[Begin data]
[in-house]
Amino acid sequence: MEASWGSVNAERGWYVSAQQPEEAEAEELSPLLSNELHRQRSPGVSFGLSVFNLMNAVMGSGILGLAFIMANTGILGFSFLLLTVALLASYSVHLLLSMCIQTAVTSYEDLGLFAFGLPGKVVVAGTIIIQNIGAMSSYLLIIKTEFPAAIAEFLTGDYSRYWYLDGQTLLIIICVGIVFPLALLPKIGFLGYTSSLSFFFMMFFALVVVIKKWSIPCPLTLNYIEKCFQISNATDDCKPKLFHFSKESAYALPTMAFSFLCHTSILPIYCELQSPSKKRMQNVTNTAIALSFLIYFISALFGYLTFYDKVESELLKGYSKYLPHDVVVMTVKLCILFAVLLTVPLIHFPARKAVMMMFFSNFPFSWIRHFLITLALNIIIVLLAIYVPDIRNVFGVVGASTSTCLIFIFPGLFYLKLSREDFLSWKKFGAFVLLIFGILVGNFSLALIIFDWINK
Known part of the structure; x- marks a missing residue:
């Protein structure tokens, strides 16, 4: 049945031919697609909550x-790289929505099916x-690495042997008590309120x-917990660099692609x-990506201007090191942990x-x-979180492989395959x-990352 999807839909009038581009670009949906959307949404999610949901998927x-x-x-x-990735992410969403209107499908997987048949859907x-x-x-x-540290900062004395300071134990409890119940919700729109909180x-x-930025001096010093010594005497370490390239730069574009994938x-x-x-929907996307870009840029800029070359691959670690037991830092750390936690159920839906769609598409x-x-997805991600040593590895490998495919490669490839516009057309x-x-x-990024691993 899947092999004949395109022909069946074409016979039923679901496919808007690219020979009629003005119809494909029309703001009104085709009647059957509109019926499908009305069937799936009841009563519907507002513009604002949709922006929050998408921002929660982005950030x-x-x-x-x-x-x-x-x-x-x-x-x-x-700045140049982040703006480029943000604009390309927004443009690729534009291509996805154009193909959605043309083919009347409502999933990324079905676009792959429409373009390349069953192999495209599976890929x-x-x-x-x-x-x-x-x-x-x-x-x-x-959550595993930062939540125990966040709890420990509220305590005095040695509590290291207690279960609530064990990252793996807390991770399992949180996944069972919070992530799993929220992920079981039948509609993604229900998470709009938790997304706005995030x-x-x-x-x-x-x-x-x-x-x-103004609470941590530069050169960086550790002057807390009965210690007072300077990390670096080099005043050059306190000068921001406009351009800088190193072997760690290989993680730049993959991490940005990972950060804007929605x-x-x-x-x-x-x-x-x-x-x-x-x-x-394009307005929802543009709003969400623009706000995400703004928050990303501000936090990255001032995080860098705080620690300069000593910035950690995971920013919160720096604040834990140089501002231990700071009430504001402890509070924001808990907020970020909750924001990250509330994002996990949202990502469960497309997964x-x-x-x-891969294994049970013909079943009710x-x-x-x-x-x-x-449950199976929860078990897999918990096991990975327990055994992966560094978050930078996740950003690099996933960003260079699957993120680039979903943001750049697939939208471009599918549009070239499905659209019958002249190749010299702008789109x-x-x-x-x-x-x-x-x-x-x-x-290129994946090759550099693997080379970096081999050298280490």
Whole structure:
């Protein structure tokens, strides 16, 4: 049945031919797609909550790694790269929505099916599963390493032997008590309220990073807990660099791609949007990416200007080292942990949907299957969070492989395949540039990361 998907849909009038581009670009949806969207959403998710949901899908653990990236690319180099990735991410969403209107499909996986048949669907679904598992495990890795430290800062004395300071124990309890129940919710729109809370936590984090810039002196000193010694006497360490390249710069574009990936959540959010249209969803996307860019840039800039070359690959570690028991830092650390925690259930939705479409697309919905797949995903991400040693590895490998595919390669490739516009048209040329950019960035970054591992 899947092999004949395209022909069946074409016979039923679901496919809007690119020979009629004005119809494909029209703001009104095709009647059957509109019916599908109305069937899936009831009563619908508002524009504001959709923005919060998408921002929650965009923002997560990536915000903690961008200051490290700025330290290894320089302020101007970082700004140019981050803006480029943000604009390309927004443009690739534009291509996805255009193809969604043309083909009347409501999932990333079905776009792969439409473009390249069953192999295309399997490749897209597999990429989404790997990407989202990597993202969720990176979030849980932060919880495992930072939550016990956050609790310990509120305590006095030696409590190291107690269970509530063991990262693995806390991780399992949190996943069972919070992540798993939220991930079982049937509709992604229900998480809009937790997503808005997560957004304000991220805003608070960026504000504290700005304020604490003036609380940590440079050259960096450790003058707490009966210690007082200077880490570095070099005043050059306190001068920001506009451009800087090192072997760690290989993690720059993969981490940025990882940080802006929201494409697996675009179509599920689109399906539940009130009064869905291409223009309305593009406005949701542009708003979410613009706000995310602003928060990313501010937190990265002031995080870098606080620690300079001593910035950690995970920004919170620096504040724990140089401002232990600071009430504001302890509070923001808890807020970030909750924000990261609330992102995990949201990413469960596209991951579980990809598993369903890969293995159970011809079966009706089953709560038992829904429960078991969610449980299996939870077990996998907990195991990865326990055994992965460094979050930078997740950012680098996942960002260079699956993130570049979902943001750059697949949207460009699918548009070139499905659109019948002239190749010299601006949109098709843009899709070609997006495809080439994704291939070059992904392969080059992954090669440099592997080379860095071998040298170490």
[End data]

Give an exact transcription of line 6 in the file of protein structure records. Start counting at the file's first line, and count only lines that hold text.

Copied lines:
């Protein structure tokens, strides 16, 4: 049945031919797609909550790694790269929505099916599963390493032997008590309220990073807990660099791609949007990416200007080292942990949907299957969070492989395949540039990361 998907849909009038581009670009949806969207959403998710949901899908653990990236690319180099990735991410969403209107499909996986048949669907679904598992495990890795430290800062004395300071124990309890129940919710729109809370936590984090810039002196000193010694006497360490390249710069574009990936959540959010249209969803996307860019840039800039070359690959570690028991830092650390925690259930939705479409697309919905797949995903991400040693590895490998595919390669490739516009048209040329950019960035970054591992 899947092999004949395209022909069946074409016979039923679901496919809007690119020979009629004005119809494909029209703001009104095709009647059957509109019916599908109305069937899936009831009563619908508002524009504001959709923005919060998408921002929650965009923002997560990536915000903690961008200051490290700025330290290894320089302020101007970082700004140019981050803006480029943000604009390309927004443009690739534009291509996805255009193809969604043309083909009347409501999932990333079905776009792969439409473009390249069953192999295309399997490749897209597999990429989404790997990407989202990597993202969720990176979030849980932060919880495992930072939550016990956050609790310990509120305590006095030696409590190291107690269970509530063991990262693995806390991780399992949190996943069972919070992540798993939220991930079982049937509709992604229900998480809009937790997503808005997560957004304000991220805003608070960026504000504290700005304020604490003036609380940590440079050259960096450790003058707490009966210690007082200077880490570095070099005043050059306190001068920001506009451009800087090192072997760690290989993690720059993969981490940025990882940080802006929201494409697996675009179509599920689109399906539940009130009064869905291409223009309305593009406005949701542009708003979410613009706000995310602003928060990313501010937190990265002031995080870098606080620690300079001593910035950690995970920004919170620096504040724990140089401002232990600071009430504001302890509070923001808890807020970030909750924000990261609330992102995990949201990413469960596209991951579980990809598993369903890969293995159970011809079966009706089953709560038992829904429960078991969610449980299996939870077990996998907990195991990865326990055994992965460094979050930078997740950012680098996942960002260079699956993130570049979902943001750059697949949207460009699918548009070139499905659109019948002239190749010299601006949109098709843009899709070609997006495809080439994704291939070059992904392969080059992954090669440099592997080379860095071998040298170490």